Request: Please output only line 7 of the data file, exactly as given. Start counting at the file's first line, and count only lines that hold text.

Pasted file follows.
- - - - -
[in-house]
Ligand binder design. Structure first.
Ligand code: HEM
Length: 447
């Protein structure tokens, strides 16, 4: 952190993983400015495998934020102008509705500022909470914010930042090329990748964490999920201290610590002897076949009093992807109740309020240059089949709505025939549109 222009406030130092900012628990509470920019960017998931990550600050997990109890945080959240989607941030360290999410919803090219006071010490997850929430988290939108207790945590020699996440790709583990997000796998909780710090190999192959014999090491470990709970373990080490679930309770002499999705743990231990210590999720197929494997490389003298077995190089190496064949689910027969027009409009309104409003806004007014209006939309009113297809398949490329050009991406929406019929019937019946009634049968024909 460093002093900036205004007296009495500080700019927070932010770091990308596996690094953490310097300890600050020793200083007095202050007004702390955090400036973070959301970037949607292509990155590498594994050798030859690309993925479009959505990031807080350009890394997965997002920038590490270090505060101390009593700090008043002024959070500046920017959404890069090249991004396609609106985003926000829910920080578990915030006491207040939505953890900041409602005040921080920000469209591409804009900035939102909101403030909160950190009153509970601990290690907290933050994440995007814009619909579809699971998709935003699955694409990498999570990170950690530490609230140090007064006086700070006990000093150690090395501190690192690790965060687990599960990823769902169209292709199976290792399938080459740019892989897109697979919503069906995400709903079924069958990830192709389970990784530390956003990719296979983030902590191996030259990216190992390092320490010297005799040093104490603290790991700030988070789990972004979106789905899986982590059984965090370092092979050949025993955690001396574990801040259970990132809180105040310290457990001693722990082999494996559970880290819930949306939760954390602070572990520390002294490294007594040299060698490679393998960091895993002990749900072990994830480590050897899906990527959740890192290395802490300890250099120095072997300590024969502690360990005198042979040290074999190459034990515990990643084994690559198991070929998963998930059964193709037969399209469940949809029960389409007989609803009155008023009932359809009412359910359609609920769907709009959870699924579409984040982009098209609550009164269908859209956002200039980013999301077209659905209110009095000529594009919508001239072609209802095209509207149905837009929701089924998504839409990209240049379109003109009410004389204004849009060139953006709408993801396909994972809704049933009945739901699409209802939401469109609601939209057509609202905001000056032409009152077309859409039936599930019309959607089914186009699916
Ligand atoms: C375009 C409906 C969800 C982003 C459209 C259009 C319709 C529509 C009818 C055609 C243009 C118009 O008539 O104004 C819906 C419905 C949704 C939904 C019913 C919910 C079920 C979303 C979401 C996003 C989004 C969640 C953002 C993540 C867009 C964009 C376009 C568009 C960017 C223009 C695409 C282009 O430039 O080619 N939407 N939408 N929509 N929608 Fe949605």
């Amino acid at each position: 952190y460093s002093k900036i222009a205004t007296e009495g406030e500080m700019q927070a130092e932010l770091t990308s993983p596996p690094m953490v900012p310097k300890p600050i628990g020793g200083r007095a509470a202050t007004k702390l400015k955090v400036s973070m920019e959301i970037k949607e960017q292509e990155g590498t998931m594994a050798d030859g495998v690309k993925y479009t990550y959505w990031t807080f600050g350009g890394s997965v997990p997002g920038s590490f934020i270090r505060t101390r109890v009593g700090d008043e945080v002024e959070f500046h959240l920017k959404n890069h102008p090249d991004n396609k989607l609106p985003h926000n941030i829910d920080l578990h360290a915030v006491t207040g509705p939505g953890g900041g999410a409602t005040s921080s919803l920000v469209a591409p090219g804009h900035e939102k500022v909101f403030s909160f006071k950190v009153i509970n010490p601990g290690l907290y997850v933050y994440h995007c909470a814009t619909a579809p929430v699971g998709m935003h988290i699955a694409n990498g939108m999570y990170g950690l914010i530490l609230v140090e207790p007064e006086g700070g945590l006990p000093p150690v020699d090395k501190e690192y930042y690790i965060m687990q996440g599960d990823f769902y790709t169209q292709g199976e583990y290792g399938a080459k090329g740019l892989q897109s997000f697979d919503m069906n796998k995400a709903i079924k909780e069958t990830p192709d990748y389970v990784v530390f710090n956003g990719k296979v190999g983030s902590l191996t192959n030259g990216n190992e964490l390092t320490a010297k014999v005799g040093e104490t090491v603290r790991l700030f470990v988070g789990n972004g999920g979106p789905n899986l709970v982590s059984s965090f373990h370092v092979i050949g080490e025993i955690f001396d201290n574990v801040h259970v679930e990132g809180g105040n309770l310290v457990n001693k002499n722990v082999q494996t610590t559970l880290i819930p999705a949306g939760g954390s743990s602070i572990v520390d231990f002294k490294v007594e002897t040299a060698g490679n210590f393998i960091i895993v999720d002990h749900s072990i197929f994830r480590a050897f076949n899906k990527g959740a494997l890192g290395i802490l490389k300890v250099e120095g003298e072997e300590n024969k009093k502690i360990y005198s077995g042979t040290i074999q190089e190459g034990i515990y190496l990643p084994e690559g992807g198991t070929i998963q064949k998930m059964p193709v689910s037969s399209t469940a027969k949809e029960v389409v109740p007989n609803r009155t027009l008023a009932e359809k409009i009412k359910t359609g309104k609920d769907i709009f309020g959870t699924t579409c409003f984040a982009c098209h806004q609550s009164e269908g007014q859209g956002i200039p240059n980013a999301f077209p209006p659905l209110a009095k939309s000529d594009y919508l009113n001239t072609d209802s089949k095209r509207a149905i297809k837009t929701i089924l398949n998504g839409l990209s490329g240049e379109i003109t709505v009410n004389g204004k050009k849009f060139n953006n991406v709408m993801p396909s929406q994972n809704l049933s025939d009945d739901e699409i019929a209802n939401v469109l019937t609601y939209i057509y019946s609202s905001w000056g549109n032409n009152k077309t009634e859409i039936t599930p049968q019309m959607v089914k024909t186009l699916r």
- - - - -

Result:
């Amino acid at each position: 952190y460093s002093k900036i222009a205004t007296e009495g406030e500080m700019q927070a130092e932010l770091t990308s993983p596996p690094m953490v900012p310097k300890p600050i628990g020793g200083r007095a509470a202050t007004k702390l400015k955090v400036s973070m920019e959301i970037k949607e960017q292509e990155g590498t998931m594994a050798d030859g495998v690309k993925y479009t990550y959505w990031t807080f600050g350009g890394s997965v997990p997002g920038s590490f934020i270090r505060t101390r109890v009593g700090d008043e945080v002024e959070f500046h959240l920017k959404n890069h102008p090249d991004n396609k989607l609106p985003h926000n941030i829910d920080l578990h360290a915030v006491t207040g509705p939505g953890g900041g999410a409602t005040s921080s919803l920000v469209a591409p090219g804009h900035e939102k500022v909101f403030s909160f006071k950190v009153i509970n010490p601990g290690l907290y997850v933050y994440h995007c909470a814009t619909a579809p929430v699971g998709m935003h988290i699955a694409n990498g939108m999570y990170g950690l914010i530490l609230v140090e207790p007064e006086g700070g945590l006990p000093p150690v020699d090395k501190e690192y930042y690790i965060m687990q996440g599960d990823f769902y790709t169209q292709g199976e583990y290792g399938a080459k090329g740019l892989q897109s997000f697979d919503m069906n796998k995400a709903i079924k909780e069958t990830p192709d990748y389970v990784v530390f710090n956003g990719k296979v190999g983030s902590l191996t192959n030259g990216n190992e964490l390092t320490a010297k014999v005799g040093e104490t090491v603290r790991l700030f470990v988070g789990n972004g999920g979106p789905n899986l709970v982590s059984s965090f373990h370092v092979i050949g080490e025993i955690f001396d201290n574990v801040h259970v679930e990132g809180g105040n309770l310290v457990n001693k002499n722990v082999q494996t610590t559970l880290i819930p999705a949306g939760g954390s743990s602070i572990v520390d231990f002294k490294v007594e002897t040299a060698g490679n210590f393998i960091i895993v999720d002990h749900s072990i197929f994830r480590a050897f076949n899906k990527g959740a494997l890192g290395i802490l490389k300890v250099e120095g003298e072997e300590n024969k009093k502690i360990y005198s077995g042979t040290i074999q190089e190459g034990i515990y190496l990643p084994e690559g992807g198991t070929i998963q064949k998930m059964p193709v689910s037969s399209t469940a027969k949809e029960v389409v109740p007989n609803r009155t027009l008023a009932e359809k409009i009412k359910t359609g309104k609920d769907i709009f309020g959870t699924t579409c409003f984040a982009c098209h806004q609550s009164e269908g007014q859209g956002i200039p240059n980013a999301f077209p209006p659905l209110a009095k939309s000529d594009y919508l009113n001239t072609d209802s089949k095209r509207a149905i297809k837009t929701i089924l398949n998504g839409l990209s490329g240049e379109i003109t709505v009410n004389g204004k050009k849009f060139n953006n991406v709408m993801p396909s929406q994972n809704l049933s025939d009945d739901e699409i019929a209802n939401v469109l019937t609601y939209i057509y019946s609202s905001w000056g549109n032409n009152k077309t009634e859409i039936t599930p049968q019309m959607v089914k024909t186009l699916r």